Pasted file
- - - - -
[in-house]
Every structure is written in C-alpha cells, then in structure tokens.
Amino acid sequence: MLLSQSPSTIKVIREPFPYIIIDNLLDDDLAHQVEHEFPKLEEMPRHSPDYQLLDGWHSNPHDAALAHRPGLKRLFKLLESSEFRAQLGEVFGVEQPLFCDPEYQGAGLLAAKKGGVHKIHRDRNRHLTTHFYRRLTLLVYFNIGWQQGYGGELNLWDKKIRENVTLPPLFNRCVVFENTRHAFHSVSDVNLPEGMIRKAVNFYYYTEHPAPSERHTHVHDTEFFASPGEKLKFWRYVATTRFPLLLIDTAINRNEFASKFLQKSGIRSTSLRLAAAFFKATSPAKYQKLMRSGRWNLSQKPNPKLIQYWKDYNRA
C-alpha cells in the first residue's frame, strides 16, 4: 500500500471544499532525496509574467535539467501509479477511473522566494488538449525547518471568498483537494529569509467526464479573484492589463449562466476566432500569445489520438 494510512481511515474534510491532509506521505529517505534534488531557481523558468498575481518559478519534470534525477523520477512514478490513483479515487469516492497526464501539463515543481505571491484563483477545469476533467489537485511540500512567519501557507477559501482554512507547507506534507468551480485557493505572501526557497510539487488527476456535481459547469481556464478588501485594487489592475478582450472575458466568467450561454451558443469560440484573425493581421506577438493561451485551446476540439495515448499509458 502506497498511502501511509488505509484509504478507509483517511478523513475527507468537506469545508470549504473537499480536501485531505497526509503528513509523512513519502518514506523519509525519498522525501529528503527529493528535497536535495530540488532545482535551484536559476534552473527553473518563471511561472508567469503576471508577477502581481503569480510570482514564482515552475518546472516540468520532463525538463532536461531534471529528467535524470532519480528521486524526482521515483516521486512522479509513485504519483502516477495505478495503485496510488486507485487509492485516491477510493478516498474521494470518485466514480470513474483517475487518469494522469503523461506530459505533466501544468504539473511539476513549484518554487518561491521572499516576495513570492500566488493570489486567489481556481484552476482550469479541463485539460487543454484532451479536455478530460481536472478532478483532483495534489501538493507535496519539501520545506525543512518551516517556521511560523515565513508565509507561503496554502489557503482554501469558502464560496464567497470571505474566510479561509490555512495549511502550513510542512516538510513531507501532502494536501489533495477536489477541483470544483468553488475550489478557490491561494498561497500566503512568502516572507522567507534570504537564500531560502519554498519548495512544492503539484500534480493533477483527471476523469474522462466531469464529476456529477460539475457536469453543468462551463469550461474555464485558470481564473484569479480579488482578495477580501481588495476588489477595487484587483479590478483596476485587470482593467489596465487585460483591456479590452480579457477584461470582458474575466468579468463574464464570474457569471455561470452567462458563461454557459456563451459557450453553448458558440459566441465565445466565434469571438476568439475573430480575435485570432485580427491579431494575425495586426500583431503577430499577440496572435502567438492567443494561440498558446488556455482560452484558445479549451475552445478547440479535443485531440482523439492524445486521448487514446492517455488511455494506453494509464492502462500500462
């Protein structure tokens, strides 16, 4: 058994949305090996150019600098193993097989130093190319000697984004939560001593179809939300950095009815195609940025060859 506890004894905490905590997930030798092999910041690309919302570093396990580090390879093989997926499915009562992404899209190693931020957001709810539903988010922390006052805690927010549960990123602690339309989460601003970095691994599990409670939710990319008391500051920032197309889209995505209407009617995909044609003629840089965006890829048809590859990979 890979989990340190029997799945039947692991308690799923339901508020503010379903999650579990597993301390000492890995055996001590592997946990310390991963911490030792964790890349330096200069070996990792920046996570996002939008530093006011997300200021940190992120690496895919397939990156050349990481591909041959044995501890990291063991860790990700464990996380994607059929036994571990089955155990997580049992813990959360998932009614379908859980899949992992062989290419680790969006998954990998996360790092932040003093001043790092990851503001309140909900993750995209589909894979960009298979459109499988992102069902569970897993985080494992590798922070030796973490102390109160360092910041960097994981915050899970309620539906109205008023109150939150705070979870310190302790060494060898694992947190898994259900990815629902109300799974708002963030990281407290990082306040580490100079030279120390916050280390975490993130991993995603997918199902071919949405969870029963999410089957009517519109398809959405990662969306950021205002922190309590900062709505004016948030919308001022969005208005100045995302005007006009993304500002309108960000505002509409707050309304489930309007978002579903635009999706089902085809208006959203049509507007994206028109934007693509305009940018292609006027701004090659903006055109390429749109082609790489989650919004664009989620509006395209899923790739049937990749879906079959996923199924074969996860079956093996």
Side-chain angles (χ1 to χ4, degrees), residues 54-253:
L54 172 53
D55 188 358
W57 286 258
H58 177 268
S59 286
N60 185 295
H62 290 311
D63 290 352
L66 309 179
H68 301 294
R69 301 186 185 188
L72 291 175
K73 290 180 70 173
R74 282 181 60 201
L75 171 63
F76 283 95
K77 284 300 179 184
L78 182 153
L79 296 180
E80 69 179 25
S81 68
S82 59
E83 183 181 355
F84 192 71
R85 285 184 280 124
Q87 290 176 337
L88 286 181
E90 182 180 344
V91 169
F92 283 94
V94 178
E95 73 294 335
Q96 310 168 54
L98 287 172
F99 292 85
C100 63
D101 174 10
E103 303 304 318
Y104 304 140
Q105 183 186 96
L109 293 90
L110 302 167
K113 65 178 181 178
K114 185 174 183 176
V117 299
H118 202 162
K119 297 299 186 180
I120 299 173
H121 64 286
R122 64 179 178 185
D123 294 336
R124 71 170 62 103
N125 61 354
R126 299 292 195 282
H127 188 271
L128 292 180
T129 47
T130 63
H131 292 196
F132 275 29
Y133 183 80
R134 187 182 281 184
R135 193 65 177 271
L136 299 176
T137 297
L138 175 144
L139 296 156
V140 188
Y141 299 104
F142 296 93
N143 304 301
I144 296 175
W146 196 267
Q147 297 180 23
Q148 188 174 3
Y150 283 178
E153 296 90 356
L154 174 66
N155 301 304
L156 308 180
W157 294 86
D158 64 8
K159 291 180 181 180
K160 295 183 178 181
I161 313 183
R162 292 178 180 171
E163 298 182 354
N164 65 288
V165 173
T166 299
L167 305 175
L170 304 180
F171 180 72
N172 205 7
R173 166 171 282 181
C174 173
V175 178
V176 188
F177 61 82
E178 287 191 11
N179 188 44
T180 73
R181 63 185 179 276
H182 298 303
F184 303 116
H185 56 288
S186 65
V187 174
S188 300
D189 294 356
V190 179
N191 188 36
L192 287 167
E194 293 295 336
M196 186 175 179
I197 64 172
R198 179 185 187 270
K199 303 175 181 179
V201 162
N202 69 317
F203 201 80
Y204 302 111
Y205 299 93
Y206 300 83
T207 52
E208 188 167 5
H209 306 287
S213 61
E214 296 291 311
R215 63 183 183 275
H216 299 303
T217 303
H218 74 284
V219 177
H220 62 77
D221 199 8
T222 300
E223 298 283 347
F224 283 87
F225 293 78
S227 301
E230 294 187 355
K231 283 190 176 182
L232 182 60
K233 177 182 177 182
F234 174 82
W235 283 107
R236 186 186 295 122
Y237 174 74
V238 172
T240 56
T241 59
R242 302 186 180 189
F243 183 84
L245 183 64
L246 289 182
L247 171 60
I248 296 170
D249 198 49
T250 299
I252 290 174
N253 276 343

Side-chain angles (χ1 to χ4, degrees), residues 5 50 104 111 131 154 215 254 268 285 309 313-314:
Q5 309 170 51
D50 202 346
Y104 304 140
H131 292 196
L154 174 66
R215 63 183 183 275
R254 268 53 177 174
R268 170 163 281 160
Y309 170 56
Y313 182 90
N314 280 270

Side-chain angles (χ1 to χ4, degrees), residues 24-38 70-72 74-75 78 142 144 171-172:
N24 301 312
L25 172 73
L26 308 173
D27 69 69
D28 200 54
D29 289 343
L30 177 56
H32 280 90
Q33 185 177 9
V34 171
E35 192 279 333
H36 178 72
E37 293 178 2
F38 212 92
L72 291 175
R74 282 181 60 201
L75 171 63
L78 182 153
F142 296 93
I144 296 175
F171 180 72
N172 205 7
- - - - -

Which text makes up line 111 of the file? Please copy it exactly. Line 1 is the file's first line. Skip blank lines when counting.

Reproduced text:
F184 303 116